Religion should not, and can not, be made compulsory in Irish schools
Michael Nugent was on Newstalk Radio this week, debating whether religion should be made compulsory in Irish schools. Alan Whelan of the Catholic Secondary Schools Parents Partnership argued that it should be.
Religion should not be compulsory in Irish schools, because it would be a bad idea, and it can not be compulsory, because it would be unconstitutional.
What is needed to better equip future citizens is not religious education but education about philosophical thought and ethics.
Religion may seem to be one type of philosophy. But it relies on faith, which is believing things disproportionately to the evidence, and that is the opposite of philosophy.
Ethics comes from evolved attributes like empathy, compassion, cooperation and reciprocity, and they are then made more nuanced through reason into fairness and justice.
Religion corrupts that natural sense of ethics, by adding in immoral commands that are claimed to come from the creator of the universe.
But more significantly, religion cannot be made compulsory in Irish schools, because it would be unconstitutional.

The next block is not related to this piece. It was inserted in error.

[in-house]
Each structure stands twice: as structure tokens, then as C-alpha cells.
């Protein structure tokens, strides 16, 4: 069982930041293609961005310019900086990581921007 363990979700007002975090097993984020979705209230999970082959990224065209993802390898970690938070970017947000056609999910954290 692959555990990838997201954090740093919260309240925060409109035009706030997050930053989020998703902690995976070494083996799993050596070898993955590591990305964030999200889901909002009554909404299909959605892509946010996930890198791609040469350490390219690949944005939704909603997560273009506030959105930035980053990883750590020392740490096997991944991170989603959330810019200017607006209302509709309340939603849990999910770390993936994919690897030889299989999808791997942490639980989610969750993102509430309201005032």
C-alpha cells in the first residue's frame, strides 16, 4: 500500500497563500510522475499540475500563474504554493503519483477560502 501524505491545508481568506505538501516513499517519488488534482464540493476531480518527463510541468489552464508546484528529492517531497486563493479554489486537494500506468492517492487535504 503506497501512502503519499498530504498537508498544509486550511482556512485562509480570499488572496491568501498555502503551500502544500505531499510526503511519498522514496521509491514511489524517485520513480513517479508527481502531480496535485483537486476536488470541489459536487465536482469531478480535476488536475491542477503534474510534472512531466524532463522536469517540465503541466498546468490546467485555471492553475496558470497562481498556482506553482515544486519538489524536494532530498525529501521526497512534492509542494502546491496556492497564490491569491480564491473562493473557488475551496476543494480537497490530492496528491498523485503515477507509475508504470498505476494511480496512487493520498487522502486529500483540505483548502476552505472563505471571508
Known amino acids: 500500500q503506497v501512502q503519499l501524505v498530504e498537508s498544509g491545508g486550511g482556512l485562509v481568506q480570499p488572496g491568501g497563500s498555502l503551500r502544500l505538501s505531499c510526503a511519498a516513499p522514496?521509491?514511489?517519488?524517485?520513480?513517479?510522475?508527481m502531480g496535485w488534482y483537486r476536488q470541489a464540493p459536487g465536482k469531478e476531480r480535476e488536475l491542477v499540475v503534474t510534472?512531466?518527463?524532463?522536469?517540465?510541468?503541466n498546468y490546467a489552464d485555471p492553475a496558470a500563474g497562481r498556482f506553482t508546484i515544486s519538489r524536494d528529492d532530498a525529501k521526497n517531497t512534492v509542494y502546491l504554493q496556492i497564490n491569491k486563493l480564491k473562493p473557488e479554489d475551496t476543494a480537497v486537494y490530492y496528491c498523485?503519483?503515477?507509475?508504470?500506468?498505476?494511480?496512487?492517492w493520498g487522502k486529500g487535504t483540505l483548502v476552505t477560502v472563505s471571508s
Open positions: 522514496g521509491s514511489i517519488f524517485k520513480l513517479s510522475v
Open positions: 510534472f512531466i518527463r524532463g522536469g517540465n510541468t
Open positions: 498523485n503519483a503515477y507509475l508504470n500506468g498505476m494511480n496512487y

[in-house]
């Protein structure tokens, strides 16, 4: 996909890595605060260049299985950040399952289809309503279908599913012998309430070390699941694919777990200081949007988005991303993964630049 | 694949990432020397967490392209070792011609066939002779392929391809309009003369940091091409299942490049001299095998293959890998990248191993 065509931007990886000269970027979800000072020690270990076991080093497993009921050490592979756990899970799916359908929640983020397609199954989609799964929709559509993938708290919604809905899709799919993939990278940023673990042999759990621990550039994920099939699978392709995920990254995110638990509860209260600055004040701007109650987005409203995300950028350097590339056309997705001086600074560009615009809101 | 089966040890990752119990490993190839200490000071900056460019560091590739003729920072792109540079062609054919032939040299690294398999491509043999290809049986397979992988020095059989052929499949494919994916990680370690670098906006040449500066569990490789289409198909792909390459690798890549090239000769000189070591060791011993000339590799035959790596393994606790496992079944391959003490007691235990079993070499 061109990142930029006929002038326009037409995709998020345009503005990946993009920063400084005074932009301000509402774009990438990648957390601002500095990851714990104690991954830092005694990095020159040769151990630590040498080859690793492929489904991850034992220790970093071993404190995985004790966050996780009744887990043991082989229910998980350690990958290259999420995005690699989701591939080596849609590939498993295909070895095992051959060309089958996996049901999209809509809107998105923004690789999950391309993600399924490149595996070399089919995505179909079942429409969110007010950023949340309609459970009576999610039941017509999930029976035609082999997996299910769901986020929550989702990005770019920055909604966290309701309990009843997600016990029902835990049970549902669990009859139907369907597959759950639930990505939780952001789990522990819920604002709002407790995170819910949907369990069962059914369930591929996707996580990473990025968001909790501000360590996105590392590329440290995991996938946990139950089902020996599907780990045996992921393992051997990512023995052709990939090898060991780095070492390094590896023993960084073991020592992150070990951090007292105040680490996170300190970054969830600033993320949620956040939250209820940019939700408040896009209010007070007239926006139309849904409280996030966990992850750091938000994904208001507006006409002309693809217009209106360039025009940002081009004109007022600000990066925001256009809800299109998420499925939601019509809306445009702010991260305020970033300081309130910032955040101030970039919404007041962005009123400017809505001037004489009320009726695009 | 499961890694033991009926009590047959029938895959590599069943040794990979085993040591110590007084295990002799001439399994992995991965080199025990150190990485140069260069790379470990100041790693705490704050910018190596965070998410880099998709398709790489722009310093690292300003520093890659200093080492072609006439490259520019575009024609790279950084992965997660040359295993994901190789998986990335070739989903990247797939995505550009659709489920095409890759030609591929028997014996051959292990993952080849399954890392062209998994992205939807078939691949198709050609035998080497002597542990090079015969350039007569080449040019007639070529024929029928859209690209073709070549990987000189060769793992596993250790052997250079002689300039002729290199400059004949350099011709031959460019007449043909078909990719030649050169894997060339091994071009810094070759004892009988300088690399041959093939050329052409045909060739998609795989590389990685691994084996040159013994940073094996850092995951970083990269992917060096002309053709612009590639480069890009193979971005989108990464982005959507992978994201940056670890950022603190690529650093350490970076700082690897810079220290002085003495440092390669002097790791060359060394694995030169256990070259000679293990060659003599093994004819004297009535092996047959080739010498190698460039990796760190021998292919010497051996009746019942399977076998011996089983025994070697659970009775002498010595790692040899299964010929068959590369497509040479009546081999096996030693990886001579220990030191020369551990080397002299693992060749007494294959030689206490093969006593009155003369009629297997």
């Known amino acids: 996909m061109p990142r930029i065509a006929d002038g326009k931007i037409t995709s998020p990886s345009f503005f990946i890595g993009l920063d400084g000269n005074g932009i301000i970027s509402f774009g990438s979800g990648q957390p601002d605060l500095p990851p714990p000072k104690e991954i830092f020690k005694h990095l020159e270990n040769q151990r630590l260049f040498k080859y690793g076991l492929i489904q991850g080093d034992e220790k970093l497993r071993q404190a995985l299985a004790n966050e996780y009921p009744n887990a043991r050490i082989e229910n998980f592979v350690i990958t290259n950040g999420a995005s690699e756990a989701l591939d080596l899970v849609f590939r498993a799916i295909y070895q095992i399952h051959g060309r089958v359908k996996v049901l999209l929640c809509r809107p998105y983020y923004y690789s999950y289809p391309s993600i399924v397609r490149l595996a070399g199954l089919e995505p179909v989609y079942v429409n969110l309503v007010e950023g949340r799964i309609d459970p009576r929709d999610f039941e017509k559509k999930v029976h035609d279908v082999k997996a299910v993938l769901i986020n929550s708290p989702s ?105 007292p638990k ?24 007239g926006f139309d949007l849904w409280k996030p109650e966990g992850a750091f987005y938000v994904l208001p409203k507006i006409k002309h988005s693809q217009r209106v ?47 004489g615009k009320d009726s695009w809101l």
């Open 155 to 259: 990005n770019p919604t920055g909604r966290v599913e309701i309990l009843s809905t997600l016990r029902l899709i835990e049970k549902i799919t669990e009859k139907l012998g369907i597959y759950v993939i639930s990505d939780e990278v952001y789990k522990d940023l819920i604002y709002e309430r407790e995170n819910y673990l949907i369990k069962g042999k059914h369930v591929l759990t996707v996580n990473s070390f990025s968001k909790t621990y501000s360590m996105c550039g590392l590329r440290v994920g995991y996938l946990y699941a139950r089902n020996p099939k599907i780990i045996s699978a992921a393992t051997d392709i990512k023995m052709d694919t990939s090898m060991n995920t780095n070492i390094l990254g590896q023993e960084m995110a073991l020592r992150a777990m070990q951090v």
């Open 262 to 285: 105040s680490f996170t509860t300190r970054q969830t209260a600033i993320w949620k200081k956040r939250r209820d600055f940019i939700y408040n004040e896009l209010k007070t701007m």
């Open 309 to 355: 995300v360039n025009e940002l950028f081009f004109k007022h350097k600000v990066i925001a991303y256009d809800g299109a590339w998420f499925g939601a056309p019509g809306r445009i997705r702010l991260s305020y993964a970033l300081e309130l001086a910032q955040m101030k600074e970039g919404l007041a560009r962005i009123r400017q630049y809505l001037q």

There is a Constitutional right (Article 44.2.4) to not attend any type of religious teaching in Irish schools.
Many teachers force students into religion classes, or schools say that the course is compulsory, but they have no right to do this. Neither have they any right to oblige students to attend any religious worship.
It does not matter what type of religion class it is, students have the Constitutional right to not attend. That includes the GMGY course in Community National Schools and the NCCA Religious Education course at second level.
Teachers do not recognise and protect this Constitutional right because they are not trained to do so. Teacher training colleges fail to teach their students basic Constitutional and human rights.
Students and parents can challenge this breach of Constitutional rights and many of them have done so and succeeded.
Atheist Ireland is moving the issue on by advocating for the right to get an alternative subject if you choose not to do religion. We will continue to campaign for the rights of students and parents in Irish schools.